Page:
GUEST REVIEWER CHARLOTTE VALORI WATCHES MOZART WIPE THE FLOOR WITH THE COMPETITION – AS USUAL
Pairing a copper-bottomed opera classic (Mozart’s Così fan tutte) with an imported Australian play exploring the idea of mounting that very opera in a mental asylum amidst Vietnam war protests (Lowra’s Cosi) is a brave and interesting idea from the King’s Head Theatre. It was always unlikely that the play would ever surpass Mozart and Da Ponte’s painfully callous dissection of infidelity, often billed as a comedy but really a far darker and weirder creature, and the opera definitely comes off best in this duel. Paul Higgins’ modern update of Mozart moves the action to a TV show of the Jerry Springer variety, which proves an ideal vehicle for translating its hysterical atmosphere and strange emotional gamesmanship: a shiny mirrored set, digital screen captions (“Your fiancées will cheat on you”), use of live video feed and even occasional incursion from an in-house bouncer when group tensions threaten violence (don’t we all love those bits?) all contribute to the semi-comic, ultimately heartless ‘human zoo’ phenomenon which is entirely familiar to us, dramatised across multiple channels every day. Don Alfonso (Steven East) is a suitably oily celebrity host, Despina (the significantly gifted Caroline Kennedy) his long-suffering, sassy production manager, boasting a range of comic accents as well as her warm, bright soprano, while our lovers are sung impeccably by a talented young cast including a standout performance from Stephanie Edwards as an exceptional Fiordiligi. I can’t often admit that I don’t actually like Così fan tutte much, but Higgins’ production conveys its strange dynamics with such skill and care that even I found I stopped resisting, and started enjoying it: and this cast, with unstinting energy and noticeably sparky pacing, showcase Mozart’s gorgeous music as the flourishes of genius all night. Warmly recommended.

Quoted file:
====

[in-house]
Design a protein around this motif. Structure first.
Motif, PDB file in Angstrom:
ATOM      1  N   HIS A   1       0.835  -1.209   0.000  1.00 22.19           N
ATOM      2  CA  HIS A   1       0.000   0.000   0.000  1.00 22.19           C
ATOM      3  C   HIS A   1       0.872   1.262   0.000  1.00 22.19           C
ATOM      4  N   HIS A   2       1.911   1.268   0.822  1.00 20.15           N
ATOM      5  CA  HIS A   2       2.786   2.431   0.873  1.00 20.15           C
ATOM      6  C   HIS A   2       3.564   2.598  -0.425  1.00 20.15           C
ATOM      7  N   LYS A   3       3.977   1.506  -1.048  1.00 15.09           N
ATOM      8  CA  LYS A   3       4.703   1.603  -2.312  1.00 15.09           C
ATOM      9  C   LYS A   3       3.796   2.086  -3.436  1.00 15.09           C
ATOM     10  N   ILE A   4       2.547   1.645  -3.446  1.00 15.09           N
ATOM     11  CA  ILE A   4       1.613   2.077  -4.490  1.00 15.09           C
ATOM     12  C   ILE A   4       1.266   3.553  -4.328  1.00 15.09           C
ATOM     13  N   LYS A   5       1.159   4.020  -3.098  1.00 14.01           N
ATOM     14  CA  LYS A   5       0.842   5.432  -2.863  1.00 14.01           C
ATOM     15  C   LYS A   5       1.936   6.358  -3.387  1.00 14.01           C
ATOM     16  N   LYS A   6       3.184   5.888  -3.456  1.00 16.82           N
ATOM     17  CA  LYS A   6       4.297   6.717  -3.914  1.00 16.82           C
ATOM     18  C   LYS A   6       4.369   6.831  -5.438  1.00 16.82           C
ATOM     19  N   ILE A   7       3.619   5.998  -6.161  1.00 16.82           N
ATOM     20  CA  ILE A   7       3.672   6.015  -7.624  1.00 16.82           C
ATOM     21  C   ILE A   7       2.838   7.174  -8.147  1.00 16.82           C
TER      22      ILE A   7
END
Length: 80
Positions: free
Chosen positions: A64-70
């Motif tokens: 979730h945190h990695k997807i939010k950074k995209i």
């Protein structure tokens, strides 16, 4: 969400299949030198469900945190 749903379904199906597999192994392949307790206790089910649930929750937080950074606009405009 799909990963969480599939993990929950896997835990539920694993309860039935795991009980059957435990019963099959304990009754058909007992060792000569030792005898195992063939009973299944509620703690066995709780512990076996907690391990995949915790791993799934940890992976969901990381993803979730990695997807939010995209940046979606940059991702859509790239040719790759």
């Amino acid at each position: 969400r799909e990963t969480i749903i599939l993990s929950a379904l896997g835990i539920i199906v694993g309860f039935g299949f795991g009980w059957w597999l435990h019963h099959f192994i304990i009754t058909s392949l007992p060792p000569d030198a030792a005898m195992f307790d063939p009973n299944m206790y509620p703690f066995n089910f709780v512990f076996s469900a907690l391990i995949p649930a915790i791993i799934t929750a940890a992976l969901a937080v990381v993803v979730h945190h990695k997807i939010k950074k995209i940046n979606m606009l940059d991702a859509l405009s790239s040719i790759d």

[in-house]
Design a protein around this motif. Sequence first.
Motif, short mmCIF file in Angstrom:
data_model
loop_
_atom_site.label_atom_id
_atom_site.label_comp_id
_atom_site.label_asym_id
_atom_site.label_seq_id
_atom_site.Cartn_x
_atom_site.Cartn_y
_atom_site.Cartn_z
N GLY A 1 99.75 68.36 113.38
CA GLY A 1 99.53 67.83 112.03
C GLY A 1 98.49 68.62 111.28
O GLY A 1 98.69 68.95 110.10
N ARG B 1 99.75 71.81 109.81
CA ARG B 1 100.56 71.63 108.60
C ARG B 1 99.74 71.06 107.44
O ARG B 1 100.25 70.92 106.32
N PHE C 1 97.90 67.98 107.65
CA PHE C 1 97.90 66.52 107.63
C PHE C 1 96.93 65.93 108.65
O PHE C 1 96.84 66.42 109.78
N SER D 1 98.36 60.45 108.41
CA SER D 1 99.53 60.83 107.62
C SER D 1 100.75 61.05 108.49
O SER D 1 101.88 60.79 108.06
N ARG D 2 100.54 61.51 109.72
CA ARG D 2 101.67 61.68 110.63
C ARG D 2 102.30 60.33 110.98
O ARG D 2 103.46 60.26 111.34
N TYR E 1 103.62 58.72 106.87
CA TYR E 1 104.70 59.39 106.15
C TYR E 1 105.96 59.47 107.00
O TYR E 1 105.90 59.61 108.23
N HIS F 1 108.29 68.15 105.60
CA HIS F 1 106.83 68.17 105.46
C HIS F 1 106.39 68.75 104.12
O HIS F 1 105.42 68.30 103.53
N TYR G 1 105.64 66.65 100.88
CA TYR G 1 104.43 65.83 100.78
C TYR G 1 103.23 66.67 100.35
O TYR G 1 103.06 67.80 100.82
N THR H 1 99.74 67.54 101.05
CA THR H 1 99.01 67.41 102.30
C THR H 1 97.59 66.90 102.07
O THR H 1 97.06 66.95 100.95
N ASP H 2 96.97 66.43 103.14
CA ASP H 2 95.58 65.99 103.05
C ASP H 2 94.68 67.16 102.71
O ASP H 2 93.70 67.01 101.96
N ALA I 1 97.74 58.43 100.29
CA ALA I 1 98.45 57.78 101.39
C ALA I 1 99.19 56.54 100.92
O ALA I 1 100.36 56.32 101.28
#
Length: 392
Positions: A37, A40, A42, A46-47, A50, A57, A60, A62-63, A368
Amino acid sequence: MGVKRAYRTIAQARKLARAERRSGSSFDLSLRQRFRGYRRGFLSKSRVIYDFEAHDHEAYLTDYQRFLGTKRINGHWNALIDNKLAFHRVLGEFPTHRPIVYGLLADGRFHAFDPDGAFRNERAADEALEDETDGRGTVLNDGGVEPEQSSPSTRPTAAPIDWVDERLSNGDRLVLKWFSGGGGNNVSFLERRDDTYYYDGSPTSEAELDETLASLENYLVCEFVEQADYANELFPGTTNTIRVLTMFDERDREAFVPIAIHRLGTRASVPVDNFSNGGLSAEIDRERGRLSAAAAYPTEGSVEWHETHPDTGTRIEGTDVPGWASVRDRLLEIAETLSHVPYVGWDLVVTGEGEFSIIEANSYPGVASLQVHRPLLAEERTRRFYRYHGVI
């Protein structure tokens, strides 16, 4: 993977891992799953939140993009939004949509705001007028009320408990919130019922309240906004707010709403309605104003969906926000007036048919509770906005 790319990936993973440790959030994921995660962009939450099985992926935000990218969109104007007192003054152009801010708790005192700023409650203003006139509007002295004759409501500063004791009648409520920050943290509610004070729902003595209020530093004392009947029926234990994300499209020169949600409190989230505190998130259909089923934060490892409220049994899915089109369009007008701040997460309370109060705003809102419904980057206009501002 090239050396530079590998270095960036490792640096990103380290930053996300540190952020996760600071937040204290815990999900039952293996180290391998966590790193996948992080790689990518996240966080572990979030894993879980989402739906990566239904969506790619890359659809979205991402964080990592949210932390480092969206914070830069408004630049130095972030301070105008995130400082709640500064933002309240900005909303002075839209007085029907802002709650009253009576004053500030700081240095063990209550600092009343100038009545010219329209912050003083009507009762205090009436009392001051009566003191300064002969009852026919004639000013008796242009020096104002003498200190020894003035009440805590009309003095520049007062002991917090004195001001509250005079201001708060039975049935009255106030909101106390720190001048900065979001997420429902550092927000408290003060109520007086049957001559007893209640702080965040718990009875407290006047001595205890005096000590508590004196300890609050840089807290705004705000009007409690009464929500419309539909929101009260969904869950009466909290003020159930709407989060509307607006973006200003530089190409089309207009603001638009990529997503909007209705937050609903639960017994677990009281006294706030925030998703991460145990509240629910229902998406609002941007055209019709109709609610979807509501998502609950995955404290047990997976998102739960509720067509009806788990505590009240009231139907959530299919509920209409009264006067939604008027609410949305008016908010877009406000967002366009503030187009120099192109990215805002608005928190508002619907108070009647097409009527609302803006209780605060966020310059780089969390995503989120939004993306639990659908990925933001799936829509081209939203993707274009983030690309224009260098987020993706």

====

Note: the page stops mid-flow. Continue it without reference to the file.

Pacing, unfortunately, is one of the chief problems of Lowra’s Cosi: although it, too, contains some wonderful performances (particularly from soft-voiced Susie Lindeman as an enchantingly unhinged Ruth, Nicholas Osmond as a withdrawn, yet passionate Henry, and Paul-William Mawhinney as the earnest young director Lewis), there are gaps and flaps everywhere, which nuke otherwise comic possibilities. Sometimes a joke comes across with Pinteresque darkness: “I’ve been having treatment for my pyromania,” remarks Doug (Neil Toon) casually as he lights a horrified Lewis’ cigarette with a Zippo that we’re sure Doug shouldn’t have. But then, instead of gracefully leaving that to fester in the imagination as Pinter would have done, Lowra pushes it too far: this joke soon wears thin as Doug sets fire to the theatre repeatedly. Too often, Cosi takes the easy route, with quick pot shots at its parent opera, not often getting under the piece’s skin in anything but the most obvious way. Consistency is another problem, with some cast members repeatedly tempted (or encouraged) to overact; Wayne Harrison is an esteemed director, but this piece feels altogether misjudged for a world-weary London audience, and badly in need of an edit.
~ CHARLOTTE VALORI
For the opera: Four
For the play: Two
At the King’s Head Theatre until 2nd April for the play, 3rd April for the opera. Box Office: 020 7226 8561